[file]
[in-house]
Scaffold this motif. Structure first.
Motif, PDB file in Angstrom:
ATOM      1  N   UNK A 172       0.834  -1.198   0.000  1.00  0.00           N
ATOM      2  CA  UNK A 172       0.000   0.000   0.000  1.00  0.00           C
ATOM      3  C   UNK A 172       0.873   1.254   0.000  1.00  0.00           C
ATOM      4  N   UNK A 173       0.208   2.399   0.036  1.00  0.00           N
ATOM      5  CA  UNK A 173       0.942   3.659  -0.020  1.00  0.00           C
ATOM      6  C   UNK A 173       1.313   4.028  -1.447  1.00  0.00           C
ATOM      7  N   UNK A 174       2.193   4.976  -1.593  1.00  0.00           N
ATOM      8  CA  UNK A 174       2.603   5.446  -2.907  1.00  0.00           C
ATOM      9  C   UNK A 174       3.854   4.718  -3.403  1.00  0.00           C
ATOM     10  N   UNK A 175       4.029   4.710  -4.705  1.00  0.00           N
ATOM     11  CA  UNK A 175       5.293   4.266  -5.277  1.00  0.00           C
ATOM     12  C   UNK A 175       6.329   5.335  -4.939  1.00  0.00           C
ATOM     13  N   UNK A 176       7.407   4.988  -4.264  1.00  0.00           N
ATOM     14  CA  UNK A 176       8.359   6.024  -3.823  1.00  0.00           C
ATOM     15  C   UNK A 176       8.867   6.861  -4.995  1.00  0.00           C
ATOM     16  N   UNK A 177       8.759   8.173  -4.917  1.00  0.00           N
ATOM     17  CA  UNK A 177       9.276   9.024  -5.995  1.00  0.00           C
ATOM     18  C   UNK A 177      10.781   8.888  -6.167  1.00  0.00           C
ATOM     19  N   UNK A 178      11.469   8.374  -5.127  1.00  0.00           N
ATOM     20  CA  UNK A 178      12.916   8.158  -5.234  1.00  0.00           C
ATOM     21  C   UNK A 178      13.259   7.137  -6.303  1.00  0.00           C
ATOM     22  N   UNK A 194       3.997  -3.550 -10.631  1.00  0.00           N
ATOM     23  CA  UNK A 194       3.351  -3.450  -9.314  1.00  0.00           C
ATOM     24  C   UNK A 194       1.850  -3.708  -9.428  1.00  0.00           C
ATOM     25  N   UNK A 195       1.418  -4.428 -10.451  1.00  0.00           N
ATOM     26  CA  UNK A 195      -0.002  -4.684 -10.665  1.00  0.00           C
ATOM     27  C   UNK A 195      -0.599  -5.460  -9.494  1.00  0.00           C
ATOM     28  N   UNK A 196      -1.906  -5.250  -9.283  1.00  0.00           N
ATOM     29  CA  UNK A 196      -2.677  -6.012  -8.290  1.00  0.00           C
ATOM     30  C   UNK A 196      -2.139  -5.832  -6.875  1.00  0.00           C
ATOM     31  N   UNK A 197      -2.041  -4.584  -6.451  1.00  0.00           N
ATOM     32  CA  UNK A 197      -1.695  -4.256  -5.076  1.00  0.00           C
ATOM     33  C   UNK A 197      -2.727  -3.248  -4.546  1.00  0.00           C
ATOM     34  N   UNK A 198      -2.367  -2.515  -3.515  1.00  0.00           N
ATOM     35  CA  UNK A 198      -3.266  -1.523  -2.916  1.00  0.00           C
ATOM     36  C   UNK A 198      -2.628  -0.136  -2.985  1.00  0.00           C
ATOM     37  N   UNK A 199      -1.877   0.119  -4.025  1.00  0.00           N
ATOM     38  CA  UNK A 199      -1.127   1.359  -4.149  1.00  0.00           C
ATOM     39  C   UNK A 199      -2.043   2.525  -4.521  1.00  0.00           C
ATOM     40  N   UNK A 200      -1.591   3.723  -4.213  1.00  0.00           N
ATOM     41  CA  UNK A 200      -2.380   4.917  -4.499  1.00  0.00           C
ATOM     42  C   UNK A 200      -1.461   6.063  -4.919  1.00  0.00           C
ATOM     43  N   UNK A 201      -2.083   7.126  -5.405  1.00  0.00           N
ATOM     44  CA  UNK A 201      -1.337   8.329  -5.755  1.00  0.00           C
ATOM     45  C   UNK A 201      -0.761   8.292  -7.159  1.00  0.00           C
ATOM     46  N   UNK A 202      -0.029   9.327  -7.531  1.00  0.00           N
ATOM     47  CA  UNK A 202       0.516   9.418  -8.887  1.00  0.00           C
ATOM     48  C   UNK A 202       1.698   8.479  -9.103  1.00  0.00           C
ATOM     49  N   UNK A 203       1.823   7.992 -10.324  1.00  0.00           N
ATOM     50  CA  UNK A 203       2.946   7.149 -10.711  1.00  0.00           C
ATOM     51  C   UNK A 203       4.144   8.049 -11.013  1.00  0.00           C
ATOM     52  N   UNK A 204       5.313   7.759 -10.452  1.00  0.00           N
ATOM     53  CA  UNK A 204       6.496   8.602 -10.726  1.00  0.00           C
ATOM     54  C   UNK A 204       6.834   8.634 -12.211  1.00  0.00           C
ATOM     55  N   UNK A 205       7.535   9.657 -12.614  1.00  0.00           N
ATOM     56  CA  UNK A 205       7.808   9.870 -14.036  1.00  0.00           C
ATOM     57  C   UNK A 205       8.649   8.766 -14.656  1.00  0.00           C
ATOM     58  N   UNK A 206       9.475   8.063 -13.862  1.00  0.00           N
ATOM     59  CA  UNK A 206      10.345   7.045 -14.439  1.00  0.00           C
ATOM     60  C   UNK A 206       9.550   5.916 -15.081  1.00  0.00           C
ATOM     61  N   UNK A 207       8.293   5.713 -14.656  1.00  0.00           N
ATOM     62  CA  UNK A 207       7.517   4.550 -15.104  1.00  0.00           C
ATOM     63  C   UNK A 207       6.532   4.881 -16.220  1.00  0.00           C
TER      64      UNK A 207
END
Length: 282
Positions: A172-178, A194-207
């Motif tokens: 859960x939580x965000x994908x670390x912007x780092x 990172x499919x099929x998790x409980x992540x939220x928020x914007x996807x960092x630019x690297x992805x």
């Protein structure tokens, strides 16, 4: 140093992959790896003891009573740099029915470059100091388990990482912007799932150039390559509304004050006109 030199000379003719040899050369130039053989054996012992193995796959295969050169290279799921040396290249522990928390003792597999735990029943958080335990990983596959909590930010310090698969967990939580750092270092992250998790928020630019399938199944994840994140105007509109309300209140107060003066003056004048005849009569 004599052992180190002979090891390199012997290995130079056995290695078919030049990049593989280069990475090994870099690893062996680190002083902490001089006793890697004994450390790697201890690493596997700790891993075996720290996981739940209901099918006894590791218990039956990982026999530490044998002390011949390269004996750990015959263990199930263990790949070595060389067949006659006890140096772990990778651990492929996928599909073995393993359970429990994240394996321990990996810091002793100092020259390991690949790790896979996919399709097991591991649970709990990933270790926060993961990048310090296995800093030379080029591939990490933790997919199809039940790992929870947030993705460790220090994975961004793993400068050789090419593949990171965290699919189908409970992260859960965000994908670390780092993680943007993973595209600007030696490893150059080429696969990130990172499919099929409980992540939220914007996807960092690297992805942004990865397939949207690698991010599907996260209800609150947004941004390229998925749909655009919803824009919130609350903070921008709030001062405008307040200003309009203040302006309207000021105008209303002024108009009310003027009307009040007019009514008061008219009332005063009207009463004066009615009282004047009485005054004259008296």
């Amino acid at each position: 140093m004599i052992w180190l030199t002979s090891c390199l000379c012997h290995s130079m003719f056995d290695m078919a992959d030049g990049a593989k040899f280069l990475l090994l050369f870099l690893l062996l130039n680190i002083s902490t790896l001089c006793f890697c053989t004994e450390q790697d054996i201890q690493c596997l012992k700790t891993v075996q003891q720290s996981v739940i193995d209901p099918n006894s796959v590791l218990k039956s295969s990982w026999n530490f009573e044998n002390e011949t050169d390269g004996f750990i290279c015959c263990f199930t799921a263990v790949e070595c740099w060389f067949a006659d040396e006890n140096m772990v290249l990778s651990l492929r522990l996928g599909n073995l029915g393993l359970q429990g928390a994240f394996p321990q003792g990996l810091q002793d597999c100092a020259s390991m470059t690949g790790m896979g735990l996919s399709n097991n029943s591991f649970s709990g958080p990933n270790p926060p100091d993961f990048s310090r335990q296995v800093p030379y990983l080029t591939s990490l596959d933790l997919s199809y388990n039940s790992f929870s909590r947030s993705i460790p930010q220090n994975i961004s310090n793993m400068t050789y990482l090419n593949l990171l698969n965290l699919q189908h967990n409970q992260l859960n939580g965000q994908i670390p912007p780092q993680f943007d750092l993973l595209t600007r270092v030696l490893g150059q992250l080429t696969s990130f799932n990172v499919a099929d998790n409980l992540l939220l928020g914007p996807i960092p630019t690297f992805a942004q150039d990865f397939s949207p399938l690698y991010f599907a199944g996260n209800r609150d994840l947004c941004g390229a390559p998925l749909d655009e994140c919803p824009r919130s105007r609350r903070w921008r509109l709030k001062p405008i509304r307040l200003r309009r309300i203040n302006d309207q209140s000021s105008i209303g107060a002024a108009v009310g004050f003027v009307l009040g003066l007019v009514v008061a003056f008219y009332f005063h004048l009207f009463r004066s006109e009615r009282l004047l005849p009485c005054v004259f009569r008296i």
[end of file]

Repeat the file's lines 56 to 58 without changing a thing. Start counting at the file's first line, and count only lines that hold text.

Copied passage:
ATOM     53  CA  UNK A 204       6.496   8.602 -10.726  1.00  0.00           C
ATOM     54  C   UNK A 204       6.834   8.634 -12.211  1.00  0.00           C
ATOM     55  N   UNK A 205       7.535   9.657 -12.614  1.00  0.00           N